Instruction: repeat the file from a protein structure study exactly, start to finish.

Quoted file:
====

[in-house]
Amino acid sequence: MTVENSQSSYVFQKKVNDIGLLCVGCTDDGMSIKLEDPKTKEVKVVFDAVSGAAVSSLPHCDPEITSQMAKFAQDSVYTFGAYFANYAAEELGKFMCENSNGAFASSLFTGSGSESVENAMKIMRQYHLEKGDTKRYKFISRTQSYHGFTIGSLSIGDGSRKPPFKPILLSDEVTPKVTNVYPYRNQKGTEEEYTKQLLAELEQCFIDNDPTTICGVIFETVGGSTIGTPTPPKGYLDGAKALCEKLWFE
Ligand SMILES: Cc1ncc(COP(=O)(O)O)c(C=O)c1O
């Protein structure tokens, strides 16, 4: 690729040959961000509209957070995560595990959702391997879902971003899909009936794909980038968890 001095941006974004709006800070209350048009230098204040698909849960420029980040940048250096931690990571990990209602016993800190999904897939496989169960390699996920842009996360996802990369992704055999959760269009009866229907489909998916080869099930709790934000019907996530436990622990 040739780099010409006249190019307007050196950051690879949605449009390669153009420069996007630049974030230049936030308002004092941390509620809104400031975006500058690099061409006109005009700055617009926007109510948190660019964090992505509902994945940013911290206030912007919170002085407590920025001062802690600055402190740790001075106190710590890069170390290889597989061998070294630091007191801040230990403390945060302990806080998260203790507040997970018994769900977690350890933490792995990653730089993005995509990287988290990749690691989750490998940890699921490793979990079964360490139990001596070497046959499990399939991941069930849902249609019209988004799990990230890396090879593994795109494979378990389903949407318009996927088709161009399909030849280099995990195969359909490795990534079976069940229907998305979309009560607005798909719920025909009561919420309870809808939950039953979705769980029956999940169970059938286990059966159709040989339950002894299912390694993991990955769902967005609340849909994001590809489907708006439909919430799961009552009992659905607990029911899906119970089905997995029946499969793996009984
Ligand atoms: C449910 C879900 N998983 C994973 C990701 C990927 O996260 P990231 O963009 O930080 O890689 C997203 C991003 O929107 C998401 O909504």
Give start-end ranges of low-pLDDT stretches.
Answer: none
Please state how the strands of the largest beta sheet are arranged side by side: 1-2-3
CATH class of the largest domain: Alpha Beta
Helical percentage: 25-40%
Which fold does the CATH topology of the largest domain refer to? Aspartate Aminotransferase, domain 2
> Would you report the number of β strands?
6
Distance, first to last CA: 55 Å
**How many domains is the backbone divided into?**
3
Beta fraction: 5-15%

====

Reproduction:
[in-house]
Amino acid sequence: MTVENSQSSYVFQKKVNDIGLLCVGCTDDGMSIKLEDPKTKEVKVVFDAVSGAAVSSLPHCDPEITSQMAKFAQDSVYTFGAYFANYAAEELGKFMCENSNGAFASSLFTGSGSESVENAMKIMRQYHLEKGDTKRYKFISRTQSYHGFTIGSLSIGDGSRKPPFKPILLSDEVTPKVTNVYPYRNQKGTEEEYTKQLLAELEQCFIDNDPTTICGVIFETVGGSTIGTPTPPKGYLDGAKALCEKLWFE
Ligand SMILES: Cc1ncc(COP(=O)(O)O)c(C=O)c1O
């Protein structure tokens, strides 16, 4: 690729040959961000509209957070995560595990959702391997879902971003899909009936794909980038968890 001095941006974004709006800070209350048009230098204040698909849960420029980040940048250096931690990571990990209602016993800190999904897939496989169960390699996920842009996360996802990369992704055999959760269009009866229907489909998916080869099930709790934000019907996530436990622990 040739780099010409006249190019307007050196950051690879949605449009390669153009420069996007630049974030230049936030308002004092941390509620809104400031975006500058690099061409006109005009700055617009926007109510948190660019964090992505509902994945940013911290206030912007919170002085407590920025001062802690600055402190740790001075106190710590890069170390290889597989061998070294630091007191801040230990403390945060302990806080998260203790507040997970018994769900977690350890933490792995990653730089993005995509990287988290990749690691989750490998940890699921490793979990079964360490139990001596070497046959499990399939991941069930849902249609019209988004799990990230890396090879593994795109494979378990389903949407318009996927088709161009399909030849280099995990195969359909490795990534079976069940229907998305979309009560607005798909719920025909009561919420309870809808939950039953979705769980029956999940169970059938286990059966159709040989339950002894299912390694993991990955769902967005609340849909994001590809489907708006439909919430799961009552009992659905607990029911899906119970089905997995029946499969793996009984
Ligand atoms: C449910 C879900 N998983 C994973 C990701 C990927 O996260 P990231 O963009 O930080 O890689 C997203 C991003 O929107 C998401 O909504």
Give start-end ranges of low-pLDDT stretches.
Answer: none
Please state how the strands of the largest beta sheet are arranged side by side: 1-2-3
CATH class of the largest domain: Alpha Beta
Helical percentage: 25-40%
Which fold does the CATH topology of the largest domain refer to? Aspartate Aminotransferase, domain 2
> Would you report the number of β strands?
6
Distance, first to last CA: 55 Å
**How many domains is the backbone divided into?**
3
Beta fraction: 5-15%